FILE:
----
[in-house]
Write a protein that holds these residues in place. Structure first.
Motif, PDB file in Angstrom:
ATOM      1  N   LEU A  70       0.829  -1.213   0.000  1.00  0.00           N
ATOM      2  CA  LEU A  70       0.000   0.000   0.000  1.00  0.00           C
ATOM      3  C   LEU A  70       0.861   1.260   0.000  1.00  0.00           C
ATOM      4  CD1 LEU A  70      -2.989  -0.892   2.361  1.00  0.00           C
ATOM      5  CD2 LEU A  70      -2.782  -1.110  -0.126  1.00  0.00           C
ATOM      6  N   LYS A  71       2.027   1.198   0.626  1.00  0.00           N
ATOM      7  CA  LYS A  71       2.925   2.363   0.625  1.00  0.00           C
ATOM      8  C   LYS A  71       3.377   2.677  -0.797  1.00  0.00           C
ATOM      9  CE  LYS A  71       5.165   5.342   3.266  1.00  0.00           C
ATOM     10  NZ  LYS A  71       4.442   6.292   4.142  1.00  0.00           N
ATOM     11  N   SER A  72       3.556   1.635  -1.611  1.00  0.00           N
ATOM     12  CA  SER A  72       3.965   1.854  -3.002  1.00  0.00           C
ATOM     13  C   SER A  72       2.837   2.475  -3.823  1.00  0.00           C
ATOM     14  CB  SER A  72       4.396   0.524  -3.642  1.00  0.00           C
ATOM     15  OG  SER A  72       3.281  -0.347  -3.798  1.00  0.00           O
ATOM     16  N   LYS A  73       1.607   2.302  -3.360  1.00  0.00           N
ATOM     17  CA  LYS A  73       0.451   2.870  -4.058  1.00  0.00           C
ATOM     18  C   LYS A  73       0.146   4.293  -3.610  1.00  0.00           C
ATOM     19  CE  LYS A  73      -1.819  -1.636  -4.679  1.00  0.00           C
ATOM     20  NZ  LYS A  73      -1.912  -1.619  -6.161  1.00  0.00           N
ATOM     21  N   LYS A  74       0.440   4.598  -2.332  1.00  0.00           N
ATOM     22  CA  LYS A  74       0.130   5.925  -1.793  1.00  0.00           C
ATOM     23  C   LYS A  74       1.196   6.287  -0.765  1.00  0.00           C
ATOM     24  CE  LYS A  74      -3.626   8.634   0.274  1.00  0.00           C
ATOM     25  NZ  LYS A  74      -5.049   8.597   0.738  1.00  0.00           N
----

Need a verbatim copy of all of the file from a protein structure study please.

[in-house]
Write a protein that holds these residues in place. Structure first.
Motif, PDB file in Angstrom:
ATOM      1  N   LEU A  70       0.829  -1.213   0.000  1.00  0.00           N
ATOM      2  CA  LEU A  70       0.000   0.000   0.000  1.00  0.00           C
ATOM      3  C   LEU A  70       0.861   1.260   0.000  1.00  0.00           C
ATOM      4  CD1 LEU A  70      -2.989  -0.892   2.361  1.00  0.00           C
ATOM      5  CD2 LEU A  70      -2.782  -1.110  -0.126  1.00  0.00           C
ATOM      6  N   LYS A  71       2.027   1.198   0.626  1.00  0.00           N
ATOM      7  CA  LYS A  71       2.925   2.363   0.625  1.00  0.00           C
ATOM      8  C   LYS A  71       3.377   2.677  -0.797  1.00  0.00           C
ATOM      9  CE  LYS A  71       5.165   5.342   3.266  1.00  0.00           C
ATOM     10  NZ  LYS A  71       4.442   6.292   4.142  1.00  0.00           N
ATOM     11  N   SER A  72       3.556   1.635  -1.611  1.00  0.00           N
ATOM     12  CA  SER A  72       3.965   1.854  -3.002  1.00  0.00           C
ATOM     13  C   SER A  72       2.837   2.475  -3.823  1.00  0.00           C
ATOM     14  CB  SER A  72       4.396   0.524  -3.642  1.00  0.00           C
ATOM     15  OG  SER A  72       3.281  -0.347  -3.798  1.00  0.00           O
ATOM     16  N   LYS A  73       1.607   2.302  -3.360  1.00  0.00           N
ATOM     17  CA  LYS A  73       0.451   2.870  -4.058  1.00  0.00           C
ATOM     18  C   LYS A  73       0.146   4.293  -3.610  1.00  0.00           C
ATOM     19  CE  LYS A  73      -1.819  -1.636  -4.679  1.00  0.00           C
ATOM     20  NZ  LYS A  73      -1.912  -1.619  -6.161  1.00  0.00           N
ATOM     21  N   LYS A  74       0.440   4.598  -2.332  1.00  0.00           N
ATOM     22  CA  LYS A  74       0.130   5.925  -1.793  1.00  0.00           C
ATOM     23  C   LYS A  74       1.196   6.287  -0.765  1.00  0.00           C
ATOM     24  CE  LYS A  74      -3.626   8.634   0.274  1.00  0.00           C
ATOM     25  NZ  LYS A  74      -5.049   8.597   0.738  1.00  0.00           N